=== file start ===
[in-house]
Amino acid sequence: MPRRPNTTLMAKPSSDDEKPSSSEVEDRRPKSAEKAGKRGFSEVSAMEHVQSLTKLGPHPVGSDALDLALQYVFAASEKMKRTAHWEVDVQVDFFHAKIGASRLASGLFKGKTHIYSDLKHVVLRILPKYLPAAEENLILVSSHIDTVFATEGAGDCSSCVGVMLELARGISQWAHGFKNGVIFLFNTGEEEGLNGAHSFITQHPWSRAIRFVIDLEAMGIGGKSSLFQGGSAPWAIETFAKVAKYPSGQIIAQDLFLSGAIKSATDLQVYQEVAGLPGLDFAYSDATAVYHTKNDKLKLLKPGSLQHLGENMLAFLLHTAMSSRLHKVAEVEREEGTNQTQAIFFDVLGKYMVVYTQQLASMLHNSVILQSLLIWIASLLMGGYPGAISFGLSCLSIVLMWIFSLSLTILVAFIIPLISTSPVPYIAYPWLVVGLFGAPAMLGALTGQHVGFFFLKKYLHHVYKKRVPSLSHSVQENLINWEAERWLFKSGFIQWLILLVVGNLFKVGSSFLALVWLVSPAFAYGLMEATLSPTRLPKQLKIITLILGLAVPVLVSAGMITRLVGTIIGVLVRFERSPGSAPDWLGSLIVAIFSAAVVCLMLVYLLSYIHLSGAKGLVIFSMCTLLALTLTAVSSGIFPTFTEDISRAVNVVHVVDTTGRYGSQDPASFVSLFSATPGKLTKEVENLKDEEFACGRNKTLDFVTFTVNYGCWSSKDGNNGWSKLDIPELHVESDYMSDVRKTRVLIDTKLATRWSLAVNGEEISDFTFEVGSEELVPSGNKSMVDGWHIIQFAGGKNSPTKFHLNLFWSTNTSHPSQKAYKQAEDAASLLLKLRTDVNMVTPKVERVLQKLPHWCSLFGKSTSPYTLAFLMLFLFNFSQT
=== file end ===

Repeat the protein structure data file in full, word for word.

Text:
[in-house]
Amino acid sequence: MPRRPNTTLMAKPSSDDEKPSSSEVEDRRPKSAEKAGKRGFSEVSAMEHVQSLTKLGPHPVGSDALDLALQYVFAASEKMKRTAHWEVDVQVDFFHAKIGASRLASGLFKGKTHIYSDLKHVVLRILPKYLPAAEENLILVSSHIDTVFATEGAGDCSSCVGVMLELARGISQWAHGFKNGVIFLFNTGEEEGLNGAHSFITQHPWSRAIRFVIDLEAMGIGGKSSLFQGGSAPWAIETFAKVAKYPSGQIIAQDLFLSGAIKSATDLQVYQEVAGLPGLDFAYSDATAVYHTKNDKLKLLKPGSLQHLGENMLAFLLHTAMSSRLHKVAEVEREEGTNQTQAIFFDVLGKYMVVYTQQLASMLHNSVILQSLLIWIASLLMGGYPGAISFGLSCLSIVLMWIFSLSLTILVAFIIPLISTSPVPYIAYPWLVVGLFGAPAMLGALTGQHVGFFFLKKYLHHVYKKRVPSLSHSVQENLINWEAERWLFKSGFIQWLILLVVGNLFKVGSSFLALVWLVSPAFAYGLMEATLSPTRLPKQLKIITLILGLAVPVLVSAGMITRLVGTIIGVLVRFERSPGSAPDWLGSLIVAIFSAAVVCLMLVYLLSYIHLSGAKGLVIFSMCTLLALTLTAVSSGIFPTFTEDISRAVNVVHVVDTTGRYGSQDPASFVSLFSATPGKLTKEVENLKDEEFACGRNKTLDFVTFTVNYGCWSSKDGNNGWSKLDIPELHVESDYMSDVRKTRVLIDTKLATRWSLAVNGEEISDFTFEVGSEELVPSGNKSMVDGWHIIQFAGGKNSPTKFHLNLFWSTNTSHPSQKAYKQAEDAASLLLKLRTDVNMVTPKVERVLQKLPHWCSLFGKSTSPYTLAFLMLFLFNFSQT